Philosophy Research on Time and Space – Update 2 on Space

Historical and current research on space has largely fallen on the relationship between objects and space, i.e. whether space is dependent on objects (there’s no space if there’s no object) or objects are dependent on space (there’s no object if there’s no space). Different from the concept of time, we cannot imagine anything without imagining it in space, and this gives space a special status.  Philosophy of science has done most of the work in contemporary philosophy, and that is not what my interest falls on. Therefore, my interest is primarily not about the relationship between objects and space, but the question: “what does it mean to be extended in space?”

This question of mine is inspired by the work of the Irish philosopher George Berkeley, who holds the view of subjective idealism, that everything we observed is just “ideas” in our mind, not real objects. He questions the concept “substratum” which John Locke brings up. Both philosophers are empiricists, believing that all of our knowledge comes from our experience. We observe objects by observing their properties: color, shape, textures, odor, etc. However, apart from what we can observe, is there anything else in an object? Locke defines substratum as something extended in space but without any properties, a thing that takes up space and is the object itself, but without any observable properties. Berkeley believes this substratum is absurd. Since Locke claims that substratum has no observable property, how could it have the property of extension?

I believe the problem lies on two aspects: whether extension is an observable property, and does it make sense to posit such a thing that cannot be observed. I believe the answer to the first question is no, so Berkeley’s objection does not work well, but through his question we see his real concern, i.e. the second question. Many people believe this world is physical. But we never observe this property of physicality. So why bother positing this property anyway? Relating to space, we seem to observe things in space, which seems to be extended. This seems to give us evidence that the world is physical, but does it really? So if space does not give us reason to believe in physicality and we do not observe the physicality of the world either, what reason do we have for believing that the world is physical? I think this is the real concern that we should have on philosophy of space.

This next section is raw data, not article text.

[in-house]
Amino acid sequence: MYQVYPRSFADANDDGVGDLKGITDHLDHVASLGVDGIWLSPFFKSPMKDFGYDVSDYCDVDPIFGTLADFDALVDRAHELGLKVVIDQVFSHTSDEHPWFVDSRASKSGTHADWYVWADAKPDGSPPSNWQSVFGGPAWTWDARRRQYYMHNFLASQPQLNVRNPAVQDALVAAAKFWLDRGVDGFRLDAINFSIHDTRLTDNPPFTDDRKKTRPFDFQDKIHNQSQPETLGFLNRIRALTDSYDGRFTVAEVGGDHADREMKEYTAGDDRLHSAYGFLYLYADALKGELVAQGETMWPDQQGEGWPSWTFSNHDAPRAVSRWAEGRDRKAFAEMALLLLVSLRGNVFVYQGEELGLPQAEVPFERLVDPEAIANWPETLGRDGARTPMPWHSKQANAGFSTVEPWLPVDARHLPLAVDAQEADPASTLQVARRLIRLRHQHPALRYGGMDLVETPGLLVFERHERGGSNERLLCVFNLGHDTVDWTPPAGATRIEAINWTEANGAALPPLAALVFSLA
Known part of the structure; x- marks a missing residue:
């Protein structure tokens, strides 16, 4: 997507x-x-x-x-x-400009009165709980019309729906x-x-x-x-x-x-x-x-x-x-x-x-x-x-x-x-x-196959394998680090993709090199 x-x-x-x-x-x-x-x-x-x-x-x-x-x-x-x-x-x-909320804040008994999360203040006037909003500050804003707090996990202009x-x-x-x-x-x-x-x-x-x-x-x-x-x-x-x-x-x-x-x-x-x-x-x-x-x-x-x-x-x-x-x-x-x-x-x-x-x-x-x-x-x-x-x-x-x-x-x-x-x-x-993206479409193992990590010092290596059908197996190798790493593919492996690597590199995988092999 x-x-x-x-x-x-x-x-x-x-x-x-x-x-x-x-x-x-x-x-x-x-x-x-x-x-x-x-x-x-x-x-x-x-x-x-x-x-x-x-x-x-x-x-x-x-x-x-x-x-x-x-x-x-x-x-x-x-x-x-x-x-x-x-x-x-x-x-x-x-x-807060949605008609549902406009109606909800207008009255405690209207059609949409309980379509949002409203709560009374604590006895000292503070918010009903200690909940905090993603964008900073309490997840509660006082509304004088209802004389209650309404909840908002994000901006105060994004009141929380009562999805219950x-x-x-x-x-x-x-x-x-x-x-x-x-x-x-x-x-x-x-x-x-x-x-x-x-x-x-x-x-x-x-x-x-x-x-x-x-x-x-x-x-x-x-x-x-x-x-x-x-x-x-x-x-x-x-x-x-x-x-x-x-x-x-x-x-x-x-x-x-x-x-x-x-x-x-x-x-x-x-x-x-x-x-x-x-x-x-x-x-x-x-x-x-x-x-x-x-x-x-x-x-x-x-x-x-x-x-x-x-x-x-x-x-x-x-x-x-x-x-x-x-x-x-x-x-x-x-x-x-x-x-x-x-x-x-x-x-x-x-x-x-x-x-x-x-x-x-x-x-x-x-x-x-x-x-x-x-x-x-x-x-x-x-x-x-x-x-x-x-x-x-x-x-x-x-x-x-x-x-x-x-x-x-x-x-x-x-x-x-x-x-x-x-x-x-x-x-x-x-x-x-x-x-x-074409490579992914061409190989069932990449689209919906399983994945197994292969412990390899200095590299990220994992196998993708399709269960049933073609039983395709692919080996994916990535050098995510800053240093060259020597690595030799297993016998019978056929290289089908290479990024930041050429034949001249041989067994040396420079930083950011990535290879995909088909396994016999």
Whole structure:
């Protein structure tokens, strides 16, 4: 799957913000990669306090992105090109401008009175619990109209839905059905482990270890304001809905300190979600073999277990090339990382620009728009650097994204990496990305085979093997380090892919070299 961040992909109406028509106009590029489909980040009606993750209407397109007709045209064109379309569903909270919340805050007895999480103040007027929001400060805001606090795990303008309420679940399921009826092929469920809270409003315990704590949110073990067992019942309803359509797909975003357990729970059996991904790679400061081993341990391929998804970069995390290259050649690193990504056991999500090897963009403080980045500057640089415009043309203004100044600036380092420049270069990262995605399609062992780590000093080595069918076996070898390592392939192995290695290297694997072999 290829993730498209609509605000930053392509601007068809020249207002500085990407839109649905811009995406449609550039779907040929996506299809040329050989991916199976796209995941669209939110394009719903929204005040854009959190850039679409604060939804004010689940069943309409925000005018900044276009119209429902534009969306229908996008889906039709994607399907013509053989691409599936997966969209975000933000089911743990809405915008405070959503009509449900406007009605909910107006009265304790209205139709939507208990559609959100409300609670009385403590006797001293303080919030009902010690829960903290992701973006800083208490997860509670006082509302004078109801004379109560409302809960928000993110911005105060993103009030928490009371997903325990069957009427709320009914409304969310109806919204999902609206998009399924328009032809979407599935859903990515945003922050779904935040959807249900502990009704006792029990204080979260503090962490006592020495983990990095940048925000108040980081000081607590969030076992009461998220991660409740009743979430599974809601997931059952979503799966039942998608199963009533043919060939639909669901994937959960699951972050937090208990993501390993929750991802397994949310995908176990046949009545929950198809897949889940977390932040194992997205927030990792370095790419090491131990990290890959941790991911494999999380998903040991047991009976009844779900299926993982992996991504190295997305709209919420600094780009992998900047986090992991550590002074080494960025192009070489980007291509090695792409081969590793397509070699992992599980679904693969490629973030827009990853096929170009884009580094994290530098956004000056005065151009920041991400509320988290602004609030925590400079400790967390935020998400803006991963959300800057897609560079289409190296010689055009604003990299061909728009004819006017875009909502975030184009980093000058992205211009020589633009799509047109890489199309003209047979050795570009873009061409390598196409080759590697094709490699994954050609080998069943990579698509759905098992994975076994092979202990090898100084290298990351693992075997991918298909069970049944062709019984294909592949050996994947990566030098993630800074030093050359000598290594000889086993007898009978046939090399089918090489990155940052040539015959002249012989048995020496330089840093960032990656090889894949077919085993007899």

Comments

  1. haoyukuan says:

    Hi Abe, I really love your summer research as this is my third comments on your research. I do believe the world is physical, as we have so many empirical indicators desgined by physicist to measure our world. You might argue that those empirical indicators are merely ideas and this actually falls into arguement of Berkeley, but to imagine the substratum itself is impossible. We are actually using our pre-defined knowledge, which we acquired from our past experiences based on a world where space itself is objectively measured, to imagine a subjective world.